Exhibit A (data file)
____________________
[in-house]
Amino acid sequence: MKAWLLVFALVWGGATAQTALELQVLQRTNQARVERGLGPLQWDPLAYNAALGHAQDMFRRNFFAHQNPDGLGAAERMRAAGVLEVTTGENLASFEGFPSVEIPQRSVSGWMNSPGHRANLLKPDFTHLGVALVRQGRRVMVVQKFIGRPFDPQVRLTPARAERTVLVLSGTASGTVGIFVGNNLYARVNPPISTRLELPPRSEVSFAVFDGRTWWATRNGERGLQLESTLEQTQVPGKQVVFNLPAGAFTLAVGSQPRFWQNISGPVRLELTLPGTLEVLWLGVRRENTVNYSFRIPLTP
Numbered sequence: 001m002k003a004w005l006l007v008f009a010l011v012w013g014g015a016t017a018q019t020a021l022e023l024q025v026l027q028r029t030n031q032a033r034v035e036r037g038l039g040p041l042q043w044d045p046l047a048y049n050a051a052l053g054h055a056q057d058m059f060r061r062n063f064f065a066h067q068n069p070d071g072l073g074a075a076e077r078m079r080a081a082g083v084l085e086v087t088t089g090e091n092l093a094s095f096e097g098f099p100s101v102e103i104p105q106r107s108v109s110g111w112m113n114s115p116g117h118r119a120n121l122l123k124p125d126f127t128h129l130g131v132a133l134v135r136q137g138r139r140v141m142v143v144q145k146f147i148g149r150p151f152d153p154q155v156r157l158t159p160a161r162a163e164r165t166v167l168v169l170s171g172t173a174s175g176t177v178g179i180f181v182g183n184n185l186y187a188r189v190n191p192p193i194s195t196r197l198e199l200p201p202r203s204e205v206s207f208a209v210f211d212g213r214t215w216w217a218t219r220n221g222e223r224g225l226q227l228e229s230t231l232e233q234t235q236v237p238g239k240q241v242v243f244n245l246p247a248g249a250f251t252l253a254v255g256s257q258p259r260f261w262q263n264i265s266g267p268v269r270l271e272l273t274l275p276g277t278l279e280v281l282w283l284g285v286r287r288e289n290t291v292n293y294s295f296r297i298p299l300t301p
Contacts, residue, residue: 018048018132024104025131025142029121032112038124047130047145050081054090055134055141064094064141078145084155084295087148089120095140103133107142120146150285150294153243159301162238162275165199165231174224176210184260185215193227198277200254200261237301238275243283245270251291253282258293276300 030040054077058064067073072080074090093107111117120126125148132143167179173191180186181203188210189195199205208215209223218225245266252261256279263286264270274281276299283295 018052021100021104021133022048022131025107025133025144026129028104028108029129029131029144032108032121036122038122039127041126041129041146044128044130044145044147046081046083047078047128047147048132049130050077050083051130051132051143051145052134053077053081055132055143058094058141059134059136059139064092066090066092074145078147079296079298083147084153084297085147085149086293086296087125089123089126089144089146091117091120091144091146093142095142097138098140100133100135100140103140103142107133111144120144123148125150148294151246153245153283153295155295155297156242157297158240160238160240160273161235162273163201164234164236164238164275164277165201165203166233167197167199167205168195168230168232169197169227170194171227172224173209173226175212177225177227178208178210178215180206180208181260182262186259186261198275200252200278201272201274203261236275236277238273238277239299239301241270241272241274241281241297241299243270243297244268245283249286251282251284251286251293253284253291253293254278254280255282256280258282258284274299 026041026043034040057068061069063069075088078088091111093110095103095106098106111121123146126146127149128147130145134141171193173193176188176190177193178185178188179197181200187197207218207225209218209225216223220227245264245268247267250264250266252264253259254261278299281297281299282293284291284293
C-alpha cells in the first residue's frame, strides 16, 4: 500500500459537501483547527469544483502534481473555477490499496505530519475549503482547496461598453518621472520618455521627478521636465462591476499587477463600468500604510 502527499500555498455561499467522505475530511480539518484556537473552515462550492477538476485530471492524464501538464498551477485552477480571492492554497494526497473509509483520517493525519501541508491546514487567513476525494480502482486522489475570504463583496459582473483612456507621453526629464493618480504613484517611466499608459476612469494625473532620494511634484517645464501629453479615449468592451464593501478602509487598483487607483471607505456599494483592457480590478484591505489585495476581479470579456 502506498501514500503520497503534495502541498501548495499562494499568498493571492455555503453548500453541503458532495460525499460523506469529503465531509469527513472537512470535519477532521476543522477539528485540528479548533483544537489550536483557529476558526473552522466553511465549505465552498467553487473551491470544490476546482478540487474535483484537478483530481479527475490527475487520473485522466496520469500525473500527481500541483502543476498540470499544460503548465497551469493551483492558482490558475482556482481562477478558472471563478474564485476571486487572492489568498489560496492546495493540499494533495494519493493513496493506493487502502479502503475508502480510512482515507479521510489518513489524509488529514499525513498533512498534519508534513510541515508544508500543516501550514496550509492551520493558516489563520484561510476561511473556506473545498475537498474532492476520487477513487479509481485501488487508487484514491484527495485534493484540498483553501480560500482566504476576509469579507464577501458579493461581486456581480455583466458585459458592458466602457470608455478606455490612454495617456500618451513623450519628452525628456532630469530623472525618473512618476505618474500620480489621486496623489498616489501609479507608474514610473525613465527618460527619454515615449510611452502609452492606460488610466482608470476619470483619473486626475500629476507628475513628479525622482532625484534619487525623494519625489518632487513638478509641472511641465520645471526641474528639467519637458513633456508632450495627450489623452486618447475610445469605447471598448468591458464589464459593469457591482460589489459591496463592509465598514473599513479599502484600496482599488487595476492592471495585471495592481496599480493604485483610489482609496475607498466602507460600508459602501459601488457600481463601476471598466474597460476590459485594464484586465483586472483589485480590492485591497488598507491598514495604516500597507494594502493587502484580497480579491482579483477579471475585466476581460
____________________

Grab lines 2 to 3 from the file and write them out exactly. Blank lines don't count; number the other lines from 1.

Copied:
Amino acid sequence: MKAWLLVFALVWGGATAQTALELQVLQRTNQARVERGLGPLQWDPLAYNAALGHAQDMFRRNFFAHQNPDGLGAAERMRAAGVLEVTTGENLASFEGFPSVEIPQRSVSGWMNSPGHRANLLKPDFTHLGVALVRQGRRVMVVQKFIGRPFDPQVRLTPARAERTVLVLSGTASGTVGIFVGNNLYARVNPPISTRLELPPRSEVSFAVFDGRTWWATRNGERGLQLESTLEQTQVPGKQVVFNLPAGAFTLAVGSQPRFWQNISGPVRLELTLPGTLEVLWLGVRRENTVNYSFRIPLTP
Numbered sequence: 001m002k003a004w005l006l007v008f009a010l011v012w013g014g015a016t017a018q019t020a021l022e023l024q025v026l027q028r029t030n031q032a033r034v035e036r037g038l039g040p041l042q043w044d045p046l047a048y049n050a051a052l053g054h055a056q057d058m059f060r061r062n063f064f065a066h067q068n069p070d071g072l073g074a075a076e077r078m079r080a081a082g083v084l085e086v087t088t089g090e091n092l093a094s095f096e097g098f099p100s101v102e103i104p105q106r107s108v109s110g111w112m113n114s115p116g117h118r119a120n121l122l123k124p125d126f127t128h129l130g131v132a133l134v135r136q137g138r139r140v141m142v143v144q145k146f147i148g149r150p151f152d153p154q155v156r157l158t159p160a161r162a163e164r165t166v167l168v169l170s171g172t173a174s175g176t177v178g179i180f181v182g183n184n185l186y187a188r189v190n191p192p193i194s195t196r197l198e199l200p201p202r203s204e205v206s207f208a209v210f211d212g213r214t215w216w217a218t219r220n221g222e223r224g225l226q227l228e229s230t231l232e233q234t235q236v237p238g239k240q241v242v243f244n245l246p247a248g249a250f251t252l253a254v255g256s257q258p259r260f261w262q263n264i265s266g267p268v269r270l271e272l273t274l275p276g277t278l279e280v281l282w283l284g285v286r287r288e289n290t291v292n293y294s295f296r297i298p299l300t301p